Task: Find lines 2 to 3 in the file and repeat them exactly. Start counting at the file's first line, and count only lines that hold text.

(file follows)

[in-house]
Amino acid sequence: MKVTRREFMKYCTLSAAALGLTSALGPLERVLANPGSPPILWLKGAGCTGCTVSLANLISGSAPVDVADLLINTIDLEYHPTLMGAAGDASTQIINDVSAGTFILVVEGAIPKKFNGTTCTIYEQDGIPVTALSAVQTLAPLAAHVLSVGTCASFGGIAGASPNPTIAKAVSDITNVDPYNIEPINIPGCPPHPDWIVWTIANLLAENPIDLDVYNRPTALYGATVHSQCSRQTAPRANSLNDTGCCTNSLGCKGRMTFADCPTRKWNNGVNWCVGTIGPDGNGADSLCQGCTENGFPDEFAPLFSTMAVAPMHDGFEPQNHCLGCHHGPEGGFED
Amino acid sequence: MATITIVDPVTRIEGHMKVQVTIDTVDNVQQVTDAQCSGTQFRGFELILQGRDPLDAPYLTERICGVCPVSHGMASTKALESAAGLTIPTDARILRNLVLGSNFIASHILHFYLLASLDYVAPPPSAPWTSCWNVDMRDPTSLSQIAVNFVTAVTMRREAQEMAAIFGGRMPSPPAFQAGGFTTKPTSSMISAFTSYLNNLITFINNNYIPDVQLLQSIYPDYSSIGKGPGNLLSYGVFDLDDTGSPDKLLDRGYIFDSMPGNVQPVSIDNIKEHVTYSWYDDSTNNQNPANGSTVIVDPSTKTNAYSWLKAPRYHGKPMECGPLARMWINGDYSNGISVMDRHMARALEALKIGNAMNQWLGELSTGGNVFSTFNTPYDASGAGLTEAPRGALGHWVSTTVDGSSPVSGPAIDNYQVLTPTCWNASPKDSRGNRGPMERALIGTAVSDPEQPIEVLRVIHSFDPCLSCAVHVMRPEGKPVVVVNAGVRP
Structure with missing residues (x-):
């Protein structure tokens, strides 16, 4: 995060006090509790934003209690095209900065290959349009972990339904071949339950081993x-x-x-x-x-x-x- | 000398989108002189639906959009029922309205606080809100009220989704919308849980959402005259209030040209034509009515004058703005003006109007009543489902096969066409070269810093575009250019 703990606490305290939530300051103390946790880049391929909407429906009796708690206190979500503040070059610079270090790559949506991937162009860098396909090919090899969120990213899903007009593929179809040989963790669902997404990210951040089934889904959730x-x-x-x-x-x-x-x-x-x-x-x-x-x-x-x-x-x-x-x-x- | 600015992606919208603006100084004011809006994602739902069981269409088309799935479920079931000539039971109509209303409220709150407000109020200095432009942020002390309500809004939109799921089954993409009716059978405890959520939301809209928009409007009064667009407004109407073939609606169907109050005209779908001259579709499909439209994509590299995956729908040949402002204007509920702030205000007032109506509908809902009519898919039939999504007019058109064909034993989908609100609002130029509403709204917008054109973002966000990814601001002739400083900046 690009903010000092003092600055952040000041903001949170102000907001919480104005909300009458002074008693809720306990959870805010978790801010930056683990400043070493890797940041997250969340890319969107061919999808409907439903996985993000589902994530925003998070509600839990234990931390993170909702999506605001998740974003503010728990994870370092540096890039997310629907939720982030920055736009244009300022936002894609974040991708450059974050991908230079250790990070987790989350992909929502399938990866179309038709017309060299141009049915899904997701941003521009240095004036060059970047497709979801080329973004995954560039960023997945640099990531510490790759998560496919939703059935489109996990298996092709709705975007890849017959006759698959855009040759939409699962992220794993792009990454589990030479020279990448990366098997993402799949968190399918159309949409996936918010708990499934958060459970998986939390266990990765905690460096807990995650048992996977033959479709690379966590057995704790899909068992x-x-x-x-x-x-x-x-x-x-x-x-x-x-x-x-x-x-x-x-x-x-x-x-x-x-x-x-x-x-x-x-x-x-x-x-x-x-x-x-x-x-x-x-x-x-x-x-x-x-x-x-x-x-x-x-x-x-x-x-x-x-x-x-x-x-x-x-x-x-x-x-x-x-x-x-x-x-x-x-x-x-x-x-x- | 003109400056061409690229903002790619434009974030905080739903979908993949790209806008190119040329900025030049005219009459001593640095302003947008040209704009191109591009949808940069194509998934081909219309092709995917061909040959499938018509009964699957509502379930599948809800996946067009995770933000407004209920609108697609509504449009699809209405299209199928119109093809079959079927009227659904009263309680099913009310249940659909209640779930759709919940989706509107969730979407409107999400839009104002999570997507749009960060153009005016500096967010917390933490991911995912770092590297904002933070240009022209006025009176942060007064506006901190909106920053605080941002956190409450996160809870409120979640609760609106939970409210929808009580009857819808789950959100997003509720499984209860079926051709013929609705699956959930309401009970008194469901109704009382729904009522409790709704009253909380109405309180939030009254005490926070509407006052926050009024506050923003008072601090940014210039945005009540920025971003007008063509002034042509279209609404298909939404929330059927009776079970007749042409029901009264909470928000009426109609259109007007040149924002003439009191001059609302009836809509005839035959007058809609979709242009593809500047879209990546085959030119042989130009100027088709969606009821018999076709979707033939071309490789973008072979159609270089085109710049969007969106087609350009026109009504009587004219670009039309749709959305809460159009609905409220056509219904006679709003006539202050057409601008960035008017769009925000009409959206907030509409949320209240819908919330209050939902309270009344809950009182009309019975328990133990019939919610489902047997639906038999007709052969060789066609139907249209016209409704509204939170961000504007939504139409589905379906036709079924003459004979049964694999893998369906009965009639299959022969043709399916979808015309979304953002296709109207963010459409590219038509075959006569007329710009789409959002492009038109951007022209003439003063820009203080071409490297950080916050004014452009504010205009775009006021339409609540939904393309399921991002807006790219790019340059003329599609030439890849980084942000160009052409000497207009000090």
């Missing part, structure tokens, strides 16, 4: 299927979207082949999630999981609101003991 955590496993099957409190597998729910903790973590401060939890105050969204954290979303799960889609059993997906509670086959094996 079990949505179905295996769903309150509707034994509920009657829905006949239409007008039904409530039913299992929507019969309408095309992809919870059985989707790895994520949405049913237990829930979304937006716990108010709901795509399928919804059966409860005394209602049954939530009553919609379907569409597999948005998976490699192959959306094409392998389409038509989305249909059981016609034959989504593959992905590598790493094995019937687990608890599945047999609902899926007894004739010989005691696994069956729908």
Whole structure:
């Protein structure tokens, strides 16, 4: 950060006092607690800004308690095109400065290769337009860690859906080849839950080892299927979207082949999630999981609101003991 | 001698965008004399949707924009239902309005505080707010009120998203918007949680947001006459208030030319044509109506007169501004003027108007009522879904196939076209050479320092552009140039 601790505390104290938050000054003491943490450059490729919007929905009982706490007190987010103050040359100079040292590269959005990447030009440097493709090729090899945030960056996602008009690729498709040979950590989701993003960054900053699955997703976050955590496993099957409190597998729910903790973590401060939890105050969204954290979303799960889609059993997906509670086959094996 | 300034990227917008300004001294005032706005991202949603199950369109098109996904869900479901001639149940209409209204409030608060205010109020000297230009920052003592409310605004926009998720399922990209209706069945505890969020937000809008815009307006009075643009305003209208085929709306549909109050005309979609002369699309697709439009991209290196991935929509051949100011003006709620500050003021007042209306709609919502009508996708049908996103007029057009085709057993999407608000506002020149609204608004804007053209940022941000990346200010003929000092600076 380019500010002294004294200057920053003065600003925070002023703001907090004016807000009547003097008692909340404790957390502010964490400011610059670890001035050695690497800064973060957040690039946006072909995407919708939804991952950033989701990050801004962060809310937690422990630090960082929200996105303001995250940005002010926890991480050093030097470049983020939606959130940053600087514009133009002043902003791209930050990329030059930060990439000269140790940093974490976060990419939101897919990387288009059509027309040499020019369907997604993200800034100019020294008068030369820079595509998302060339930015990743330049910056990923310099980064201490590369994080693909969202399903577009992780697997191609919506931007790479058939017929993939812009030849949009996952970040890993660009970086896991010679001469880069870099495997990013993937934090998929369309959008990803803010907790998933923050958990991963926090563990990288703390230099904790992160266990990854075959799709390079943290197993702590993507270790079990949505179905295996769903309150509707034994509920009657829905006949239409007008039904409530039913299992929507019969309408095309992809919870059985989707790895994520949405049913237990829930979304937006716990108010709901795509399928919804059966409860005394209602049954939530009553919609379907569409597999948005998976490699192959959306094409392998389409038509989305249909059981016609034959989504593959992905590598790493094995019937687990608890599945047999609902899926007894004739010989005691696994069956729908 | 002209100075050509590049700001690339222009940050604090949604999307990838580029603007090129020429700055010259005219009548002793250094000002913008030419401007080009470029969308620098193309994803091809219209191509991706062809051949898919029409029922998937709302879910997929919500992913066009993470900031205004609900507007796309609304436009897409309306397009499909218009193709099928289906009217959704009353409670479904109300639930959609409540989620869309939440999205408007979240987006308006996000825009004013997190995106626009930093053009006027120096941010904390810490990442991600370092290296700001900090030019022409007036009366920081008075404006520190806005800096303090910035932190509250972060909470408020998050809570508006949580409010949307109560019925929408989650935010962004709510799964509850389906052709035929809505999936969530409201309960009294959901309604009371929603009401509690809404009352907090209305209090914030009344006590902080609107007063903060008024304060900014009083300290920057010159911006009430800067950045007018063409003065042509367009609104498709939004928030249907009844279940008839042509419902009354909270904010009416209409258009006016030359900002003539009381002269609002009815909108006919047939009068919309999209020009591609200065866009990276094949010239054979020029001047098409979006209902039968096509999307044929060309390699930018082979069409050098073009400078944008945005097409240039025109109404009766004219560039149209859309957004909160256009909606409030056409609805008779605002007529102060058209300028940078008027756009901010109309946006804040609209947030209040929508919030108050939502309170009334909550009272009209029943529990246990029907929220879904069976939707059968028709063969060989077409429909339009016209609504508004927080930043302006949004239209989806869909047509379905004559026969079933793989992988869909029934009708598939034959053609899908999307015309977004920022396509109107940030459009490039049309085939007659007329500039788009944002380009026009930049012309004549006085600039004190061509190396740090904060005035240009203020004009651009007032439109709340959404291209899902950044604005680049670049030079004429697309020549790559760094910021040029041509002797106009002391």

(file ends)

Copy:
Amino acid sequence: MKVTRREFMKYCTLSAAALGLTSALGPLERVLANPGSPPILWLKGAGCTGCTVSLANLISGSAPVDVADLLINTIDLEYHPTLMGAAGDASTQIINDVSAGTFILVVEGAIPKKFNGTTCTIYEQDGIPVTALSAVQTLAPLAAHVLSVGTCASFGGIAGASPNPTIAKAVSDITNVDPYNIEPINIPGCPPHPDWIVWTIANLLAENPIDLDVYNRPTALYGATVHSQCSRQTAPRANSLNDTGCCTNSLGCKGRMTFADCPTRKWNNGVNWCVGTIGPDGNGADSLCQGCTENGFPDEFAPLFSTMAVAPMHDGFEPQNHCLGCHHGPEGGFED
Amino acid sequence: MATITIVDPVTRIEGHMKVQVTIDTVDNVQQVTDAQCSGTQFRGFELILQGRDPLDAPYLTERICGVCPVSHGMASTKALESAAGLTIPTDARILRNLVLGSNFIASHILHFYLLASLDYVAPPPSAPWTSCWNVDMRDPTSLSQIAVNFVTAVTMRREAQEMAAIFGGRMPSPPAFQAGGFTTKPTSSMISAFTSYLNNLITFINNNYIPDVQLLQSIYPDYSSIGKGPGNLLSYGVFDLDDTGSPDKLLDRGYIFDSMPGNVQPVSIDNIKEHVTYSWYDDSTNNQNPANGSTVIVDPSTKTNAYSWLKAPRYHGKPMECGPLARMWINGDYSNGISVMDRHMARALEALKIGNAMNQWLGELSTGGNVFSTFNTPYDASGAGLTEAPRGALGHWVSTTVDGSSPVSGPAIDNYQVLTPTCWNASPKDSRGNRGPMERALIGTAVSDPEQPIEVLRVIHSFDPCLSCAVHVMRPEGKPVVVVNAGVRP